Neurogenic vasodilation in canine uterine and iliac arteries


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Abstract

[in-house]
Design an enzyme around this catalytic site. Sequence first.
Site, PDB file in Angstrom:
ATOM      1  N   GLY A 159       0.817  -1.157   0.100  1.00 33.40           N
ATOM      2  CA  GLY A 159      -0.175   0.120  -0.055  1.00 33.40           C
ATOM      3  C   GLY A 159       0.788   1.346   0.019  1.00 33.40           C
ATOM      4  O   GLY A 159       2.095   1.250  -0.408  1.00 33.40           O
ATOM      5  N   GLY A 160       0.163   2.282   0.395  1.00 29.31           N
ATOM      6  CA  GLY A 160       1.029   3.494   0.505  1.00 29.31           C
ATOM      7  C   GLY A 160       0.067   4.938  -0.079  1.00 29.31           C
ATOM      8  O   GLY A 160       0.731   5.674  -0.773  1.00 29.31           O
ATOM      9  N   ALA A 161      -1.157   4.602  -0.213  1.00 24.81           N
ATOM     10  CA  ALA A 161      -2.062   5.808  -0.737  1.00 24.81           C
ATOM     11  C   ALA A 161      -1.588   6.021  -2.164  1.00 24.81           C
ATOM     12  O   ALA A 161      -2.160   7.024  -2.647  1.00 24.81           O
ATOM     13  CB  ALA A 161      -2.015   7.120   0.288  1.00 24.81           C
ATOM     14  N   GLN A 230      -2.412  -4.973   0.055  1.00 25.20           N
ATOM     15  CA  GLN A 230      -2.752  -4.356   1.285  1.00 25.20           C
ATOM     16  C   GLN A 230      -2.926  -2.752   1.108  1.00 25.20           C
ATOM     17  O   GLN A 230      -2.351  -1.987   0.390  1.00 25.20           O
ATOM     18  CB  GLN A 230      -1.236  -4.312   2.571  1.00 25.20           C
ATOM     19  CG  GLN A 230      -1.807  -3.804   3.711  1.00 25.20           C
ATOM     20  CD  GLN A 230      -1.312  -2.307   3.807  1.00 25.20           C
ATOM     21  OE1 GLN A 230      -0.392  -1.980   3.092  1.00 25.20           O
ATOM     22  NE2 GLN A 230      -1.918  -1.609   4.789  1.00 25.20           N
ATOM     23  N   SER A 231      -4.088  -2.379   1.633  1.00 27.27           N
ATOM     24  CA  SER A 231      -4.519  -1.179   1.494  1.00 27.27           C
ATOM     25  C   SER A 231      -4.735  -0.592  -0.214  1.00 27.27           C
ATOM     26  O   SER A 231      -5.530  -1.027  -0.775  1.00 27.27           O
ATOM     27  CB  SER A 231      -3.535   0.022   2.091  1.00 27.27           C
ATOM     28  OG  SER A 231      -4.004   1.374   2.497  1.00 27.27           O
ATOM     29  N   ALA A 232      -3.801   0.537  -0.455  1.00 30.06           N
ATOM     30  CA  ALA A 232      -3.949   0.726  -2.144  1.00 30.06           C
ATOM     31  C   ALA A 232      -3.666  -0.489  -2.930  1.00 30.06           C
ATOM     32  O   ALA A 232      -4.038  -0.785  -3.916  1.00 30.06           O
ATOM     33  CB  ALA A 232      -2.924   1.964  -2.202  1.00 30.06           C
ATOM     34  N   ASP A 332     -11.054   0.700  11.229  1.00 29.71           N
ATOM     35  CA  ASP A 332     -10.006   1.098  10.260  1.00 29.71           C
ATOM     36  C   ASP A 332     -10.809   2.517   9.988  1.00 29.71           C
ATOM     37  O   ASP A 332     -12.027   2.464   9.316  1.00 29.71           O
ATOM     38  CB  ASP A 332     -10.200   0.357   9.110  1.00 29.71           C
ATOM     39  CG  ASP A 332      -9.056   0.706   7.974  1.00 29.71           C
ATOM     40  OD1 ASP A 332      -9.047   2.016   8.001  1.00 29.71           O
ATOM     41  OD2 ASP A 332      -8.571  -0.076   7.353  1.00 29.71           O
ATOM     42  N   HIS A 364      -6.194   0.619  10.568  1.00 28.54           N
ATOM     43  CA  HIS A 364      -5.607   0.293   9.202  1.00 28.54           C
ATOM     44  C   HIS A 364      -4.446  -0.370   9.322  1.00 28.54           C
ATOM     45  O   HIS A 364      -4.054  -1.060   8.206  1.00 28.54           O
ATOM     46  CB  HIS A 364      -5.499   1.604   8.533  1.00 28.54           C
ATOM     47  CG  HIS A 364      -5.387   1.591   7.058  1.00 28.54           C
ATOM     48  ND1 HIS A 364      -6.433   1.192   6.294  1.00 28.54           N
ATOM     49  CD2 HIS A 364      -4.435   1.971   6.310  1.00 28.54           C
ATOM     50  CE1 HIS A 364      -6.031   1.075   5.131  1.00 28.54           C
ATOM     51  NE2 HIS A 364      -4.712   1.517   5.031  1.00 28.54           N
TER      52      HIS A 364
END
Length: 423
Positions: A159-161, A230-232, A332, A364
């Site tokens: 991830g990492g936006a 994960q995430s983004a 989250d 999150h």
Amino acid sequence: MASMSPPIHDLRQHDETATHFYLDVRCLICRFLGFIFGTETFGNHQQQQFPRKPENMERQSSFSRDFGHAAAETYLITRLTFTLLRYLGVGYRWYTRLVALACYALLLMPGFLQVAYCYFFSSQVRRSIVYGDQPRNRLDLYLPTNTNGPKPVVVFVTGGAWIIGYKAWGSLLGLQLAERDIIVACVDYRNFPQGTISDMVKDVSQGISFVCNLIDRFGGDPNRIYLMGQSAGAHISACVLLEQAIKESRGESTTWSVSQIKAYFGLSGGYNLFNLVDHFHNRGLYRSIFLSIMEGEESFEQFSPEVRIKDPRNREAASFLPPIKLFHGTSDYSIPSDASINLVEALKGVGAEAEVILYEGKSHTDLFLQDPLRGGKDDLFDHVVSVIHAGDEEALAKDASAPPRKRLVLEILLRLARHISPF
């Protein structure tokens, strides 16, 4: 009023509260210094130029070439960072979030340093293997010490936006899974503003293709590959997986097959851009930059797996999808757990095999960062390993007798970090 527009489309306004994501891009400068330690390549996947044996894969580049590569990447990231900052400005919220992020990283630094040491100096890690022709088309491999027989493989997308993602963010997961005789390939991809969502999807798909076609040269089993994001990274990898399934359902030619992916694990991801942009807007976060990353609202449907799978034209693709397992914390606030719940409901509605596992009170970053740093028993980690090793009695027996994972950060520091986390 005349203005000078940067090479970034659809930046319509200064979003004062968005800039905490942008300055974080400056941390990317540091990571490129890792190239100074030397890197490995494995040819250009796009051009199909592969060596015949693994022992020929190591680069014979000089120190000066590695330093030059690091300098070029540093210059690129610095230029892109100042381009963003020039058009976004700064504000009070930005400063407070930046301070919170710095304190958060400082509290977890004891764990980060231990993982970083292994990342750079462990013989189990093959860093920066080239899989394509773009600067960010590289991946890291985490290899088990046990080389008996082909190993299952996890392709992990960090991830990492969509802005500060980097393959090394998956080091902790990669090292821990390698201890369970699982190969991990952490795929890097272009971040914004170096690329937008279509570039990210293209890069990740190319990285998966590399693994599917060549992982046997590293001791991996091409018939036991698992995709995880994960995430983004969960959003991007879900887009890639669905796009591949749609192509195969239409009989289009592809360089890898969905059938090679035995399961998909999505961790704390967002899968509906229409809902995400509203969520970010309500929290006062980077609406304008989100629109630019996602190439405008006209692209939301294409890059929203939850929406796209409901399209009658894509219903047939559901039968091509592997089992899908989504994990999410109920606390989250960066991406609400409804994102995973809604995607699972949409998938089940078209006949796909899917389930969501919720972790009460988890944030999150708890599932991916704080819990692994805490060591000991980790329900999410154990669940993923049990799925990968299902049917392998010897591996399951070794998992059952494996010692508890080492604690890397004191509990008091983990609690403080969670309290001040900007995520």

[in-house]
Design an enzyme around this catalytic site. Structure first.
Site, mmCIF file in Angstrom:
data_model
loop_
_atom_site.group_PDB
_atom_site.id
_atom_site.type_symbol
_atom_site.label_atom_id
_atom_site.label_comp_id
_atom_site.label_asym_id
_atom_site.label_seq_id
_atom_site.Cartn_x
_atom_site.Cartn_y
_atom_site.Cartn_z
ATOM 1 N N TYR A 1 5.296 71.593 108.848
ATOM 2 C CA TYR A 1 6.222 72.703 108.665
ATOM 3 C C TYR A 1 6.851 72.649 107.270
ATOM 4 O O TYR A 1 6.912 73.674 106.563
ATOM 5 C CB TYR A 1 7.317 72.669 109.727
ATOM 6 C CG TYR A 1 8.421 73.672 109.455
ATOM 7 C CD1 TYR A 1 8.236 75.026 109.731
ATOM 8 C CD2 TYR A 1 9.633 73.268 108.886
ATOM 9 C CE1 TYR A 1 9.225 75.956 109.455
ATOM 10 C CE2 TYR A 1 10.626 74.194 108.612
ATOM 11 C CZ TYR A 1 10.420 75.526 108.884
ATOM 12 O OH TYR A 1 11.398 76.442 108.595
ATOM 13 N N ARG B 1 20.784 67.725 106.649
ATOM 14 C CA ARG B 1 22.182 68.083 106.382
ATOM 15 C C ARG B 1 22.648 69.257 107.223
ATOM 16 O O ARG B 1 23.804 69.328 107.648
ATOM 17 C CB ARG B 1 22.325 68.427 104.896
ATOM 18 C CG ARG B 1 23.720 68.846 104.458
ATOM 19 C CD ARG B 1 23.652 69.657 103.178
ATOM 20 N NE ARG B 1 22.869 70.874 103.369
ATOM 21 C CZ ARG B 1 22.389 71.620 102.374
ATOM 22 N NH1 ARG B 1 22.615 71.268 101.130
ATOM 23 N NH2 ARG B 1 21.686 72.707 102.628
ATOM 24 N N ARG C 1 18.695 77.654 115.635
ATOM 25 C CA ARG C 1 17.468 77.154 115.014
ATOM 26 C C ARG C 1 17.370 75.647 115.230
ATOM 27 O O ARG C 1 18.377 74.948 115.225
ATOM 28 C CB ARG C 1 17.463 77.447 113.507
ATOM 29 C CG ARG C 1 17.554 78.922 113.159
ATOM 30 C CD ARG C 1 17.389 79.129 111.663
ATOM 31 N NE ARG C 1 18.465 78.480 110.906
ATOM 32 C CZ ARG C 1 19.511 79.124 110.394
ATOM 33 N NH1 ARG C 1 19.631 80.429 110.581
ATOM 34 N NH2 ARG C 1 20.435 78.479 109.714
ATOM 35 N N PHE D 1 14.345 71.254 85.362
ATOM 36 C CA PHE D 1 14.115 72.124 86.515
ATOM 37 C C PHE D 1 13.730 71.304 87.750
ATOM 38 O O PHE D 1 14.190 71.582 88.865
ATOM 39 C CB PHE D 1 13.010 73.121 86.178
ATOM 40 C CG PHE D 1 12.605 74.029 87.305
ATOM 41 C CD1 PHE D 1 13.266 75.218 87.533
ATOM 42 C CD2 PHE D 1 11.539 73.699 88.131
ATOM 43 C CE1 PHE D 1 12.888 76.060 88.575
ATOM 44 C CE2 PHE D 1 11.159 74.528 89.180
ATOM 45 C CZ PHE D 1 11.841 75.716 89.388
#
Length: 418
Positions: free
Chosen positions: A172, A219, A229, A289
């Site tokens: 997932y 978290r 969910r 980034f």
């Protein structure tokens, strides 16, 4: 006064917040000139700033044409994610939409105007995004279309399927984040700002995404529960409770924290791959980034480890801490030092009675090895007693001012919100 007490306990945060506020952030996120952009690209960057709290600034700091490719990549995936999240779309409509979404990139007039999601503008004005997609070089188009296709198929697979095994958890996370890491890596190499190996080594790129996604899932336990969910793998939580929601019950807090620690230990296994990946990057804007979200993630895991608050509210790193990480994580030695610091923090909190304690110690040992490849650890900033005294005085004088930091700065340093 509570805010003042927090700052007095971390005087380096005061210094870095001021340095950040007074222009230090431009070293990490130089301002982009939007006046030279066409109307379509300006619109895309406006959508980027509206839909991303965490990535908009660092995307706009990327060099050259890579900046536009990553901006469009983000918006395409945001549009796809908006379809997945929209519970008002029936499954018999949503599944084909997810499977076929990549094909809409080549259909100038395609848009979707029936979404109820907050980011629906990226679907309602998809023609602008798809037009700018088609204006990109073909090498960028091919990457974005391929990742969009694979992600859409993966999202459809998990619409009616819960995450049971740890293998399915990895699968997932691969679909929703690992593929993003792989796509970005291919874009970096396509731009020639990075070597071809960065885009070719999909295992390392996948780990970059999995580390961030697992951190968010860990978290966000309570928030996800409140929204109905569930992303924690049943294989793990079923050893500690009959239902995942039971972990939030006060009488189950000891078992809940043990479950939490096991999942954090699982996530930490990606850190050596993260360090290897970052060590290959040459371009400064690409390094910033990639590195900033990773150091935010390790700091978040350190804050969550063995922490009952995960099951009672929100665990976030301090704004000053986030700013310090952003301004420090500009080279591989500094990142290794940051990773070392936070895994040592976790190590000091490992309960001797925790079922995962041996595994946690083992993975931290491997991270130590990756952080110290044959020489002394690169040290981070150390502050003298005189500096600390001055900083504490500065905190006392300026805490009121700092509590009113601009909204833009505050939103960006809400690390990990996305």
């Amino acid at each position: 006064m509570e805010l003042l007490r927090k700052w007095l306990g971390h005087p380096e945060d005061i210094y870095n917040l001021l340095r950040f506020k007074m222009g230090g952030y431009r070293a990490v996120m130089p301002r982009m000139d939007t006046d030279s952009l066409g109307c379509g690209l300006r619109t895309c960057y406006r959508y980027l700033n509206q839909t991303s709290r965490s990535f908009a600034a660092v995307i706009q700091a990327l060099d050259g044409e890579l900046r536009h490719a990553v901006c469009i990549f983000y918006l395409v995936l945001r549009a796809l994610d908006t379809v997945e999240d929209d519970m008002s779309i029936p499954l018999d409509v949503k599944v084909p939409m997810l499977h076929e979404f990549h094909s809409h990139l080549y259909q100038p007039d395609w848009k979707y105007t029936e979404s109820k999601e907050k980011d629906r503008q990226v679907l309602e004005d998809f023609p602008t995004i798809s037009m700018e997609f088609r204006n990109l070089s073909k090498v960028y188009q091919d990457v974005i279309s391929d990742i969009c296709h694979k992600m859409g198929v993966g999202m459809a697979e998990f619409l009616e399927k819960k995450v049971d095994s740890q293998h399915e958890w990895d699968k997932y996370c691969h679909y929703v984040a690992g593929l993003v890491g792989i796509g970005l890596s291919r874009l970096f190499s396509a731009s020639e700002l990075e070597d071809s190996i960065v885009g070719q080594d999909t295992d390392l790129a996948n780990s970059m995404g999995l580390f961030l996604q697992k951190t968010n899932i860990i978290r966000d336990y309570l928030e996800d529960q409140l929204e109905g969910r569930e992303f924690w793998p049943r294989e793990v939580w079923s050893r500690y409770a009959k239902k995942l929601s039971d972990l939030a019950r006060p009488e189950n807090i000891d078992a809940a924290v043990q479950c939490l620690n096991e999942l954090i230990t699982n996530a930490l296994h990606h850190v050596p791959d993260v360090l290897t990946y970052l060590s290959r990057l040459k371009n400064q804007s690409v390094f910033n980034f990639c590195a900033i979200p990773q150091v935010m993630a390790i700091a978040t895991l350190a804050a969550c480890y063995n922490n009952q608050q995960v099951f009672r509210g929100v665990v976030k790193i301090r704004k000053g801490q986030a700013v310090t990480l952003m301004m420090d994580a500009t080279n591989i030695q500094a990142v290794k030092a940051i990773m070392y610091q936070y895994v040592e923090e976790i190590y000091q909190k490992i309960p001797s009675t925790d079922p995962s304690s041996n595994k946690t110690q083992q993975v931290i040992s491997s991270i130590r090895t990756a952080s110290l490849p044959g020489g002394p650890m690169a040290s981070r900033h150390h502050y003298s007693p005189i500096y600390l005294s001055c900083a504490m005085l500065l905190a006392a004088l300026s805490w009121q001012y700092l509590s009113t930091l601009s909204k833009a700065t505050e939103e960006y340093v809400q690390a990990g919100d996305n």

Objective:To investigate neurogenic control of uterine and iliac arterial tone with reference to nerve-derived nitric oxide.Design:Mechanisms underlying the response to perivascular nerve stimulation were studied under α-adrenoceptor blockade.Methods:Mechanical responses to nerve stimulation by nicotine were isometrically recorded in isolated canine uterine and iliac arterial strips. Nitric oxide synthase was stained immunohistochemically.Results:The arterial strips responded to nicotine mainly with a contraction, which was reversed to a relaxation by prazosin. The responses were abolished by hexamethonium. The relaxation was not influenced by timolol and atropine but was suppressed by NG-nitro-L-arginine, a nitric oxide synthase inhibitor; the inhibition was reversed by L-arginine. Internal iliac arterial strips also responded to nicotine with a relaxation under prazosin treatment, the magnitude of which was appreciably less than that in the uterine artery. Histochemical study demonstrated that perivascular nerve fibres exhibit nitric oxide synthase immunoreactivity.Conclusion:Canine uterine arteries are innervated by adrenergic, vasoconstrictor and nitroxidergic vasodilator nerves, and the neurogenic vasodilation is evidently more marked than that in other canine arteries, including the iliac artery.

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